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Can You Have A Whole House Dehumidifier Without Ducts?

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It’s essential to keep your house at optimal humidity levels throughout the year, especially during the summer and winter, when air conditioning and heating systems can significantly run up your electricity bill.

One of the best ways to do this is by using whole-house dehumidifiers installed in the basement or utility closet and providing fresh, cool, or hot air directly to your home’s ductwork. 

A whole-house dehumidifier is excellent for keeping the air inside your home free of excess moisture and high humidity levels.

Still, not everyone has the space or funds to install ducts in their homes to allow the dehumidifier to work correctly.

This article will guide you on whether or not you can have a whole-house dehumidifier without ducts and if it will be effective.

Installing a whole-house dehumidifier without ducts won’t be effective as it will return the humidity into the house. It won’t work because the air sucked into the ductwork goes via the dehumidifier, air conditioner, and back to your home. So, it releases high humidity levels back into your home.

Why Can’t We Use a Whole House Dehumidifier Without Ducts?

Can You Have A Whole House Dehumidifier Without Ducts?

Without ducts, a whole-house dehumidifier will not be effective. That is because you need to link the dehumidifier to the HVAC system in your home.

The air sucked into ducts is recirculated via the dehumidifier and air conditioner. You put a whole-house dehumidifier in the cooling system’s return duct.

When humid air warms in the HVAC system, it goes through the whole house dehumidifier, and the evaporator coil dehumidifies it. As it condenses, the humidity decreases.

The reservoir’s condensation drains away. The air conditioner cools the dehumidified air before recirculating it, so a duct is needed.

A whole-house dehumidifier costs more to operate because it has to remove the humidity from the entire house, not just one room.

Additionally, you can’t vent a whole-house dehumidifier without ducts to the outside, so the moisture it removes is released back into the house.

It makes the indoor air more humid and causes problems for people with allergies or asthma.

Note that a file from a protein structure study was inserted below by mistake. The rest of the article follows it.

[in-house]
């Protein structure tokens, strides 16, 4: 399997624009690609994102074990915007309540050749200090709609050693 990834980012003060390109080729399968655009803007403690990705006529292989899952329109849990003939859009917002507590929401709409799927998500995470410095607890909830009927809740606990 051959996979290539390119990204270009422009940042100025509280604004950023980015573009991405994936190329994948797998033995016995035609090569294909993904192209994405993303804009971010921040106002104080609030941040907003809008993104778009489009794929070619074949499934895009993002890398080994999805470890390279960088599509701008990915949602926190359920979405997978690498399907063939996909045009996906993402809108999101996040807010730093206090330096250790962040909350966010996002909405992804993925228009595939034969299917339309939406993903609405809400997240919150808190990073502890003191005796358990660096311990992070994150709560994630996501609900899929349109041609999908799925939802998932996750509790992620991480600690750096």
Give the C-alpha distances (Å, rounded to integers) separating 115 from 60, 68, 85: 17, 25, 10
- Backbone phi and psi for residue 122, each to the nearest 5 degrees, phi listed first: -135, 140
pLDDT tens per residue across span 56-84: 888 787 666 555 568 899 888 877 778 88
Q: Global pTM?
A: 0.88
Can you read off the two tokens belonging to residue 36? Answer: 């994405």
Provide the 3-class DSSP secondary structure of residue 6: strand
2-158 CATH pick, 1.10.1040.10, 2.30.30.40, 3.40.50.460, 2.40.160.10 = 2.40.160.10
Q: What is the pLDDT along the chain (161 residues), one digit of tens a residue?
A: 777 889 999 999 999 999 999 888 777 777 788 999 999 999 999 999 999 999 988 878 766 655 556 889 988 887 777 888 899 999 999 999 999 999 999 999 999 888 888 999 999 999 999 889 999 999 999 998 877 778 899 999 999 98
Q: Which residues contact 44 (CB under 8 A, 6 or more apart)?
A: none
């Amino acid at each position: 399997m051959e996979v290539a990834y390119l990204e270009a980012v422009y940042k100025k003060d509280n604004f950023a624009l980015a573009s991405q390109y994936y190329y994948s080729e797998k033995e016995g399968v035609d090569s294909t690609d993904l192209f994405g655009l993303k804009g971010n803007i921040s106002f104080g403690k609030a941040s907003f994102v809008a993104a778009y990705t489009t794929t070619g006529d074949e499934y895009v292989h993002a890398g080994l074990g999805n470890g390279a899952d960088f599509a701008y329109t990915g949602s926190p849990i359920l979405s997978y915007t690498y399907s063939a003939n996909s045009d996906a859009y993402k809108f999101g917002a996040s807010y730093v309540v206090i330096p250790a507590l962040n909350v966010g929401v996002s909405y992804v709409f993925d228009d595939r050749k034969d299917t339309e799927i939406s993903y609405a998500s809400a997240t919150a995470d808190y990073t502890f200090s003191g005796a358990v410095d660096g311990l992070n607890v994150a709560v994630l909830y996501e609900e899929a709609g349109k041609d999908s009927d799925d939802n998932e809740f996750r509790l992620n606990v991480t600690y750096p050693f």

How Does a Whole House Dehumidifier Work?

A whole-house dehumidifier draws in air from your home and passes it over a set of coils.

As the air passes over the coils, the coils remove moisture from the air. The dry air is sent back into your home through a duct system.

A whole-house dehumidifier’s primary function is to remove moisture from the air while simultaneously bringing the relative humidity level down.

After that, it filters the excess air and cools it, resulting in condensation from the humidity.

As condensation builds up, the dehumidifier drains the condensation using a water line drain or sump pump.

A whole-house dehumidifier is connected to your home’s HVAC system and helps to remove excess moisture from the air.

It can be beneficial if you live in an area with high humidity levels or have allergies and need help keeping the air in your home clean and dry.

While whole-house dehumidifiers are an excellent option for many homeowners, they require ductwork to function correctly.

To bring moisture control to your home, you’ll need to install a whole-house dehumidifier.

These appliances work the same way basement dehumidifiers do, but their manufacturers designed them for use throughout your home rather than just in your basement.

How Much Does It Cost to Have a Whole House Dehumidifier Installed?

The humidifier can range in price from $150 to $1,100, but the labor cost to install a whole-house humidifier can be anywhere from $100 to several thousand dollars, depending on the kind of humidifier you decide to install.

On average, installing a humidifier costs $750, varying from $400 to $2,500. Humidifiers can be flow-through, drum, steam, or spray-mist styles, and these are the four types offered.

Drum models are typically the least expensive, with flow-through systems falling in the middle and steam machines at the upper end of the price spectrum.

Flow-throughDrumSteamSpray-mist 
Flow-through units cost $100 to $500 and $100 to $450 to install.Drum humidifiers cost $100 to $300. Steam humidifiers cost $300 to $1,300, with $200 to $900 for installation. These $100 to $150 units don’t require a pro, and you can install them yourself.